My class is graduating into this mess. Morgan Stanley expects the spring quarter’s unemployment rate to peak at 12.8 percent. The Federal Reserve Bank of St. Louis has increased its estimate of the unemployment rate from 30 percent to 32.1 percent during the three days when I was drafting this article. We seniors are starting our careers with a handicap, compared to the other classes at Hopkins. Now, we’re deprived of the opportunity to raise our GPA and, thus, to improve our job prospects.

At Hopkins, the senior class is the only current class to have lived under covered grades. Now the senior class is likely the one that’s most up-in-arms about mandatory S/U. Why? A few reasons.

Under covered grades, we could uncover our grades. That is, we could obtain a transcript with our letter grades from the first semester, even if we could not factor them into our GPA. When we applied to internships, our employers often asked us to uncover our grades. Under compulsory S/U, we don’t even have any grades to uncover.

A previous op-ed urged our University’s administration to implement mandatory S/U, on the grounds that online classes are “not what we signed up for.” Well, I didn’t sign up for mandatory S/U. I signed up to get grades. My class enjoyed covered grades during our freshman fall, but we knew about covered grades before starting at Hopkins. That information was publicly available. Unlike covered grades, mandatory S/U was not part of the deal.

Admittedly, I am saying all this as someone who, fortunately, does not have any loved ones that have been diagnosed with coronavirus. So, I’ve been accused of trivializing the casualties of this virus. 

That is not my intention. Surely, losing a loved one is worse than losing a job. Still, I’d encourage my critics to read up on the fallacy of relative privation, also known as the “appeal to worse problems.” Just because worse problems exist, that’s not an excuse to dismiss the problems with mandatory S/U.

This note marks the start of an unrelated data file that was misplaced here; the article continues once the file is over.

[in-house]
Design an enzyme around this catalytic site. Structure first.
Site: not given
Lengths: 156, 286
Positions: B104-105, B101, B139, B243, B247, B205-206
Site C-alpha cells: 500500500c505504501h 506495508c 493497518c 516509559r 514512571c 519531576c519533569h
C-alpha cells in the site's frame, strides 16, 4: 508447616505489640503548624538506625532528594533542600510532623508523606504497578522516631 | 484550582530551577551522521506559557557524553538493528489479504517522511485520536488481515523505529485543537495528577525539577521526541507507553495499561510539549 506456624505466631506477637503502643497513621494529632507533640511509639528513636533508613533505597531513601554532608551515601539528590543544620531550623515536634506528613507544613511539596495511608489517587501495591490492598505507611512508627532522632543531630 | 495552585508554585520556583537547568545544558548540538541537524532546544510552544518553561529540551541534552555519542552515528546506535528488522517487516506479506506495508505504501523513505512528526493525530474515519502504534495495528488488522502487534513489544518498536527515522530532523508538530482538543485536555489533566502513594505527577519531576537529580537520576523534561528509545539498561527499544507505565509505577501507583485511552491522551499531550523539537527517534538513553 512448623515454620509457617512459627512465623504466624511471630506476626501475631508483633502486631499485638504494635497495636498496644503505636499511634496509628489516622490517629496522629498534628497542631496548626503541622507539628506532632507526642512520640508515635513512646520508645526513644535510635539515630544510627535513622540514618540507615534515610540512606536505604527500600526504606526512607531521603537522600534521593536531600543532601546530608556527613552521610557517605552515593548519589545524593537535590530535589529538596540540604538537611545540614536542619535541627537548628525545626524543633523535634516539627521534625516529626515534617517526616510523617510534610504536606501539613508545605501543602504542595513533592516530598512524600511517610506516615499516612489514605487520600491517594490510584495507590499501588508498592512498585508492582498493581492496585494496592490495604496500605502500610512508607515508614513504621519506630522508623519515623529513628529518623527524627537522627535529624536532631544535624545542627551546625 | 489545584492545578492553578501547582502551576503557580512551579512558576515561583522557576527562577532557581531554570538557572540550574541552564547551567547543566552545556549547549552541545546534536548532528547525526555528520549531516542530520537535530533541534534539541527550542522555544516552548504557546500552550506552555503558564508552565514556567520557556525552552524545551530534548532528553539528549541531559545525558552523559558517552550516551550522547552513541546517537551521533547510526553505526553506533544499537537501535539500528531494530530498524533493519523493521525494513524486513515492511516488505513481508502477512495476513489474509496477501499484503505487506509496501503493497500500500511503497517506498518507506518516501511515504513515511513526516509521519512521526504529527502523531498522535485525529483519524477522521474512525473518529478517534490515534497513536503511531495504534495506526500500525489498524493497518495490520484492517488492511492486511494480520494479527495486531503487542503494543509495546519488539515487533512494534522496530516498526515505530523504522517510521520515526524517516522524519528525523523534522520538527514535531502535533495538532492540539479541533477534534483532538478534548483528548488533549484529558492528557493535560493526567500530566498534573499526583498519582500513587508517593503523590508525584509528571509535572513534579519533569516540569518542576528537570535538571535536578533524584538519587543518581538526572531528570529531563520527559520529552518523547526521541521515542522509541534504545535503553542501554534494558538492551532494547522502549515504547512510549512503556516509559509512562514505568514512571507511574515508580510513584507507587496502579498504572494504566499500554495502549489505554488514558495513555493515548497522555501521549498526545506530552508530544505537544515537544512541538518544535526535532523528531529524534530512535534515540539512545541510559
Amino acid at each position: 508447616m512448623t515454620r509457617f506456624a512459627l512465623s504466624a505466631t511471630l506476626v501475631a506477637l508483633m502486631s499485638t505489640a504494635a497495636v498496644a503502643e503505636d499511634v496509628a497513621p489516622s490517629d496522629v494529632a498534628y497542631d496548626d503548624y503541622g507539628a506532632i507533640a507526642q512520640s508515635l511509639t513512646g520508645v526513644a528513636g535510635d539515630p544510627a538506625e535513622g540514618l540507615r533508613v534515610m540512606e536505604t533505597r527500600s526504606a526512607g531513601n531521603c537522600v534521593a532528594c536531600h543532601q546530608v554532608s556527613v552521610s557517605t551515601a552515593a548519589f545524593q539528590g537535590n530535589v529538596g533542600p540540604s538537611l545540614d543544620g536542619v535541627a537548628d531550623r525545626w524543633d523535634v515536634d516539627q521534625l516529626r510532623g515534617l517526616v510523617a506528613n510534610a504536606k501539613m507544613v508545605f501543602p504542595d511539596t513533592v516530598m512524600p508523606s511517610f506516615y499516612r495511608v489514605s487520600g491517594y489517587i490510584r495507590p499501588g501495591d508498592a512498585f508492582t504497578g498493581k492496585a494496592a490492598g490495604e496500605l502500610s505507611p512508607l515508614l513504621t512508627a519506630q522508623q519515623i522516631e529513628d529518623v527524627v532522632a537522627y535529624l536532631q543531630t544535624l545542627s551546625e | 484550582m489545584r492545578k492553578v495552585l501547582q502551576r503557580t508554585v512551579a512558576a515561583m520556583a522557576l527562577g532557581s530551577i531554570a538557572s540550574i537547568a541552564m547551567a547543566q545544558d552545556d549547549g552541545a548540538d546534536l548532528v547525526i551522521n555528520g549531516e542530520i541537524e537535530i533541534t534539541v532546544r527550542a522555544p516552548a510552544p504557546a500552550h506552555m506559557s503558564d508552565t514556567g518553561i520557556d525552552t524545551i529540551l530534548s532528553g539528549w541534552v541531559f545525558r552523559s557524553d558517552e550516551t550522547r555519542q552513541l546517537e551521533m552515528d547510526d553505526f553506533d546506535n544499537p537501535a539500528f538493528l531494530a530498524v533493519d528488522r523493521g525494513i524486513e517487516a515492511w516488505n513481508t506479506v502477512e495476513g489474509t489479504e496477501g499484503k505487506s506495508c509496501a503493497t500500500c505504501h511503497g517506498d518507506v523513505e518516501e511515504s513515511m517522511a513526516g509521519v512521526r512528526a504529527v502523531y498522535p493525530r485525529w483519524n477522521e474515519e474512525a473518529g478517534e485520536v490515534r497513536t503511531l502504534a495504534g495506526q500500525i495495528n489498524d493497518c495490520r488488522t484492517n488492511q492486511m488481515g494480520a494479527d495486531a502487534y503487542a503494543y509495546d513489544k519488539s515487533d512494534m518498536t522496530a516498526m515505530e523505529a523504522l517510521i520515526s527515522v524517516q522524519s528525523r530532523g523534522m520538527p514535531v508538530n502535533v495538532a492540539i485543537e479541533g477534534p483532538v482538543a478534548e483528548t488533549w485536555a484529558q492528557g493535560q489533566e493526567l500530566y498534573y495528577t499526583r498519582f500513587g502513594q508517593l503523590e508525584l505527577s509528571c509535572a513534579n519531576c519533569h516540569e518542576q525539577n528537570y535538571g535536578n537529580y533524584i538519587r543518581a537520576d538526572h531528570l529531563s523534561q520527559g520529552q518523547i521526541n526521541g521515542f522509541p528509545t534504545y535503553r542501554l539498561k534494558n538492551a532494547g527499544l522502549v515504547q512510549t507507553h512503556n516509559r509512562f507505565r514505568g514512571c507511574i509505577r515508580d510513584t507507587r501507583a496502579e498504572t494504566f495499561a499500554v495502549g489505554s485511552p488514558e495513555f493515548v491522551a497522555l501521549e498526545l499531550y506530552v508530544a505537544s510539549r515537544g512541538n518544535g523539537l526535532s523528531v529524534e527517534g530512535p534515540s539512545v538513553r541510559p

Plus, not every high-risk student wants mandatory S/U, and not every cheerleader for mandatory S/U is at high risk. While researching for this article, I spoke to some seniors whose families are struggling because of this virus. Each of them opposed mandatory S/U. They each expressed a desire to have control over their grades. They view compulsory S/U as paternalistic.

I’ve been accused of playing the victim. I disagree. I didn’t complain when our graduation was canceled. I understand the necessity for that cancellation. I didn’t complain about never being able to see some of my classmates ever again. I view our separation as a stroke of bad luck. 

But this? Mandatory S/U? I’m going to complain. Let’s call this policy what it is. It’s a well-intentioned experiment that’s failed. After all, it hurts some of the people that it was intended to help.

Dean Wendland told The News-Letter that Hopkins dealt with “necessary disruptions in the interest of keeping everyone as safe as possible.” I would characterize the new grading policy as unnecessary. Optional S/U is working well enough at our peer institutions. I contacted students at five schools with optional S/U, and every interviewee but one said that the optional S/U was popular.

Some Hopkins policies already include certain provisions specifically for people who are about to graduate. For example, students are not allowed to study abroad during their senior spring. Mandatory S/U should be one of those policies that exempts our graduating seniors.

In short, please consider making an exception for the people who will be graduating in May, because this policy is hurting us. Please.

Brian Covington is a senior double-majoring in English and Classics from St. Louis, Missouri. He is a Copy Reader for The News-Letter.